MADISON, Wis. — National experts tasked with offering solutions to the opioid addiction crisis recommended declaring a national emergency to help more resources be directed to treatment and to equip local emergency responders with anti-overdose medication. Meanwhile in comments to the media Donald Trump responded with a call for a “lock ‘em up” strategy and opined addiction could be prevented by simply telling people to not start using drugs.
One Wisconsin Now Executive Director Scot Ross asked if Gov. Scott Walker and Attorney General Brad Schimel, who have made high profile promises to combat the opioid addiction crisis in Wisconsin, will follow the advice of experts or stand by fellow Republican Trump and his agenda.
“Scott Walker and Brad Schimel have let their partisan political loyalty trump common sense and decency time and again when it comes to Donald Trump. So will they follow the leader of the Republican Party or take the advice of experts to combat opioid addiction?” asked Ross.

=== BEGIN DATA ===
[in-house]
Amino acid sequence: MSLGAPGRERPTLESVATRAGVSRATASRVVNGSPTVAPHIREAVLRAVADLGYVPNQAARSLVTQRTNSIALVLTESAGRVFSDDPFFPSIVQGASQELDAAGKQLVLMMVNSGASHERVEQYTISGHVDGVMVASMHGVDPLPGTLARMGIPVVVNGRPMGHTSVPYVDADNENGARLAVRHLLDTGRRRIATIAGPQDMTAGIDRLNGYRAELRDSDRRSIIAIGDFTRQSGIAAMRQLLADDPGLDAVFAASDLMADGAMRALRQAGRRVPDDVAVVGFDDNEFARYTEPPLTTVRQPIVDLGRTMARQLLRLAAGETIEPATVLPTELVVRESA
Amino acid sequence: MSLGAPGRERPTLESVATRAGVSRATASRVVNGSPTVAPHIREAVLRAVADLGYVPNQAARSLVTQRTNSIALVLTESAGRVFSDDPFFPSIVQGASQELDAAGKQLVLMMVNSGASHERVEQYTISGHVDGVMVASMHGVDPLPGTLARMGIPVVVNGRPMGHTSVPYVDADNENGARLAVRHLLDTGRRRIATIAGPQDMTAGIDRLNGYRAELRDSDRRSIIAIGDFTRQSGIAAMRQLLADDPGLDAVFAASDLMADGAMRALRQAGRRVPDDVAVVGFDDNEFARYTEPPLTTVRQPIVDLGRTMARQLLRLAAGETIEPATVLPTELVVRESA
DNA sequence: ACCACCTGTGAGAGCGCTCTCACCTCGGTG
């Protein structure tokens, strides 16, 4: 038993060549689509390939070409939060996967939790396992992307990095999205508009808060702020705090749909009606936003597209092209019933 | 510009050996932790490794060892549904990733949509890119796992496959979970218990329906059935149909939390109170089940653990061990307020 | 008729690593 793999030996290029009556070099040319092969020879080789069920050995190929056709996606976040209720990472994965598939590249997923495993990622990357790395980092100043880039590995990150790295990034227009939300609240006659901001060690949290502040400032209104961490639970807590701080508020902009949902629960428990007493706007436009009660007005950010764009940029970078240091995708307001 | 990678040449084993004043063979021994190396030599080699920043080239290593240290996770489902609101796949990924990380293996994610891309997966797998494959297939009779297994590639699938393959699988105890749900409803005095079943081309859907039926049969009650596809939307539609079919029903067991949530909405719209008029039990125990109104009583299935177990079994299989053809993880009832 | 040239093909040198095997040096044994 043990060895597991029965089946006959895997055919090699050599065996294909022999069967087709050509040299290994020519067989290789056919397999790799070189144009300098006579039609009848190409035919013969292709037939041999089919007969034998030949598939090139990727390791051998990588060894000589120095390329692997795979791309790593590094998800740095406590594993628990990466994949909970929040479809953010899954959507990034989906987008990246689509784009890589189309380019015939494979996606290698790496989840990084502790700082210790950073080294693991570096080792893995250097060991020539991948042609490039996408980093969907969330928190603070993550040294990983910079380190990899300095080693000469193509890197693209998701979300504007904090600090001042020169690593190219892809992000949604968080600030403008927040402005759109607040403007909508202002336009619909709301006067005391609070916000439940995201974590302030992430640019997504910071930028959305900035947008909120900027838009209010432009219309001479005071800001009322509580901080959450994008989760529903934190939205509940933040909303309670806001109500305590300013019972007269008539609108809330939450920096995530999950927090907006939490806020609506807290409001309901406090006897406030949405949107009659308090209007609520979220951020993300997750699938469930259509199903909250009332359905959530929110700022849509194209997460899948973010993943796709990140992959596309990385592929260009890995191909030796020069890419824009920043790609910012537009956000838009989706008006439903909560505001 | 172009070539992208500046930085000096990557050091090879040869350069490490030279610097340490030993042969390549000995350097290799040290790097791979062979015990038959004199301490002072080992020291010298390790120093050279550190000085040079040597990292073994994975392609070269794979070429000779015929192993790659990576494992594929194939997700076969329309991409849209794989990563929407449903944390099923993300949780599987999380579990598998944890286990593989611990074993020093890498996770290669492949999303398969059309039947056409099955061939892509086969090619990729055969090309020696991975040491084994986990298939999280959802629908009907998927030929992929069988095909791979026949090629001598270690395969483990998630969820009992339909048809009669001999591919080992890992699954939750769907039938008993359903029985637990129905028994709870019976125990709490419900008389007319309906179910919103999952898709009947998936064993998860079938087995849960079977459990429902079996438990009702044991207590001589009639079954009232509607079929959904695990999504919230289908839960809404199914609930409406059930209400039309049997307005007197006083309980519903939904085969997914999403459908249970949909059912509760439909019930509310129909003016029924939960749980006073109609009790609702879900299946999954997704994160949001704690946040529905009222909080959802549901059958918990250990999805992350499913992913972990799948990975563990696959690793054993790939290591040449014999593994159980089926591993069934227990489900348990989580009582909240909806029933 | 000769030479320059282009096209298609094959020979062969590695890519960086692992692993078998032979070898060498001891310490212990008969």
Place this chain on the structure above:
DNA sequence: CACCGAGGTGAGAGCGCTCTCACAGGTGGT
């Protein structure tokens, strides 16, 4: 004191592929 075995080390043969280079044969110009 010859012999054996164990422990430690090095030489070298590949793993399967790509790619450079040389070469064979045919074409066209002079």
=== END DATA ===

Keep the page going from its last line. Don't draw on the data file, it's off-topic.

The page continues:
During the Republicans’ recent Affordable Care Act repeal debacle, Walker endorsed measures that would repeal requirements to include treatment for drug and alcohol addiction in health insurance policies. Out of political considerations, Walker has also steadfastly refused additional federal resources to help expand insurance coverage in Wisconsin and therefore expand access to addiction treatment.
An increasing number of states, represented by their Attorneys General, and local governments are taking legal action to hold the manufacturers of opioids accountable for their part in the addiction crisis. Most recently New Hampshire filed suit and, according to media reports, “ … claimed that Purdue Pharma significantly downplayed the risk of addiction posed by OxyContin and engaged in marketing practices that ‘opened the floodgates’ to opioid use and abuse.”
For his part, after proclaiming that combating opioid addiction would be a top priority if elected during his 2014 campaign, as Attorney Brad Schimel has taken no legal action to crack down on the tactics of the producers of prescription opioids. In a 2016 newspaper story in which the issue of legal action against opioid manufacturers was raised, Schimel demurred, claiming pharmaceutical manufacturers’ unsavory marketing practices were too far in the past.
Ross concluded, “Scott Walker and Brad Schimel have both spent plenty of time talking about how they’ll fight the opioid addiction crisis. Now they owe us answers now about where they’ll put their priorities, behind their their political self interest or before the health of Wisconsinites.”